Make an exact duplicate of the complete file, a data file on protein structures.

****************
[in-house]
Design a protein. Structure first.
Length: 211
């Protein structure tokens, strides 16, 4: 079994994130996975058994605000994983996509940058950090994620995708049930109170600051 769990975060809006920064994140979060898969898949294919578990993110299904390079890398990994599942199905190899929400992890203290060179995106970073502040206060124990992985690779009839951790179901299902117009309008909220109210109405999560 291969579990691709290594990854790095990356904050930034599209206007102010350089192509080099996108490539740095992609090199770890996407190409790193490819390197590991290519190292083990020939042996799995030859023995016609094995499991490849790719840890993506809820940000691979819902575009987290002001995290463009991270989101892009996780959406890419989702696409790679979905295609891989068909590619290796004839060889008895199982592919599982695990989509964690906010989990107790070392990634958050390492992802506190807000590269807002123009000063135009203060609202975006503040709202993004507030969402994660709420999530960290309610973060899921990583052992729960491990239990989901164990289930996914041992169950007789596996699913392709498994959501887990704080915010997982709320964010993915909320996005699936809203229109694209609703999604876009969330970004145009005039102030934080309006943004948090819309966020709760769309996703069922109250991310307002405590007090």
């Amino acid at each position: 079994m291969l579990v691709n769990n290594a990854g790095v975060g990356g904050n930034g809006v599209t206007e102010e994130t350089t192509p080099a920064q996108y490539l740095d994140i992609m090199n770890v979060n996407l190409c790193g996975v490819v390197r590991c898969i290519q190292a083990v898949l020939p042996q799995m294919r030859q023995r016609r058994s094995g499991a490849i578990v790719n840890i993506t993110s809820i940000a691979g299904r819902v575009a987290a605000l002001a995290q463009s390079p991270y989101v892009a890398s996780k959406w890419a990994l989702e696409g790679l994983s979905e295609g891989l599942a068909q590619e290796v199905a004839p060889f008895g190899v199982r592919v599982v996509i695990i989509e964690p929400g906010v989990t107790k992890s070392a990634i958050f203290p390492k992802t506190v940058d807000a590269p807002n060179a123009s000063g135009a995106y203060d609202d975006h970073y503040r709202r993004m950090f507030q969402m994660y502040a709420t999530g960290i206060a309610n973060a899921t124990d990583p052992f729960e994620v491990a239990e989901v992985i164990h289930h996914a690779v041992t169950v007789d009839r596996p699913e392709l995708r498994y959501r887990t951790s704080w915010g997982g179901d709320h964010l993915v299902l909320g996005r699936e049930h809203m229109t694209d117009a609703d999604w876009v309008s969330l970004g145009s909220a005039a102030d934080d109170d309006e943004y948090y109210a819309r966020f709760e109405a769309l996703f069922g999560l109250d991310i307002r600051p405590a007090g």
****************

[in-house]
Design a protein. Structure first.
Length: 211
């Protein structure tokens, strides 16, 4: 079994994130996975058994605000994983996509940058950090994620995708049930109170600051 769990975060809006920064994140979060898969898949294919578990993110299904390079890398990994599942199905190899929400992890203290060179995106970073502040206060124990992985690779009839951790179901299902117009309008909220109210109405999560 291969579990691709290594990854790095990356904050930034599209206007102010350089192509080099996108490539740095992609090199770890996407190409790193490819390197590991290519190292083990020939042996799995030859023995016609094995499991490849790719840890993506809820940000691979819902575009987290002001995290463009991270989101892009996780959406890419989702696409790679979905295609891989068909590619290796004839060889008895199982592919599982695990989509964690906010989990107790070392990634958050390492992802506190807000590269807002123009000063135009203060609202975006503040709202993004507030969402994660709420999530960290309610973060899921990583052992729960491990239990989901164990289930996914041992169950007789596996699913392709498994959501887990704080915010997982709320964010993915909320996005699936809203229109694209609703999604876009969330970004145009005039102030934080309006943004948090819309966020709760769309996703069922109250991310307002405590007090």
């Amino acid at each position: 079994m291969l579990v691709n769990n290594a990854g790095v975060g990356g904050n930034g809006v599209t206007e102010e994130t350089t192509p080099a920064q996108y490539l740095d994140i992609m090199n770890v979060n996407l190409c790193g996975v490819v390197r590991c898969i290519q190292a083990v898949l020939p042996q799995m294919r030859q023995r016609r058994s094995g499991a490849i578990v790719n840890i993506t993110s809820i940000a691979g299904r819902v575009a987290a605000l002001a995290q463009s390079p991270y989101v892009a890398s996780k959406w890419a990994l989702e696409g790679l994983s979905e295609g891989l599942a068909q590619e290796v199905a004839p060889f008895g190899v199982r592919v599982v996509i695990i989509e964690p929400g906010v989990t107790k992890s070392a990634i958050f203290p390492k992802t506190v940058d807000a590269p807002n060179a123009s000063g135009a995106y203060d609202d975006h970073y503040r709202r993004m950090f507030q969402m994660y502040a709420t999530g960290i206060a309610n973060a899921t124990d990583p052992f729960e994620v491990a239990e989901v992985i164990h289930h996914a690779v041992t169950v007789d009839r596996p699913e392709l995708r498994y959501r887990t951790s704080w915010g997982g179901d709320h964010l993915v299902l909320g996005r699936e049930h809203m229109t694209d117009a609703d999604w876009v309008s969330l970004g145009s909220a005039a102030d934080d109170d309006e943004y948090y109210a819309r966020f709760e109405a769309l996703f069922g999560l109250d991310i307002r600051p405590a007090g």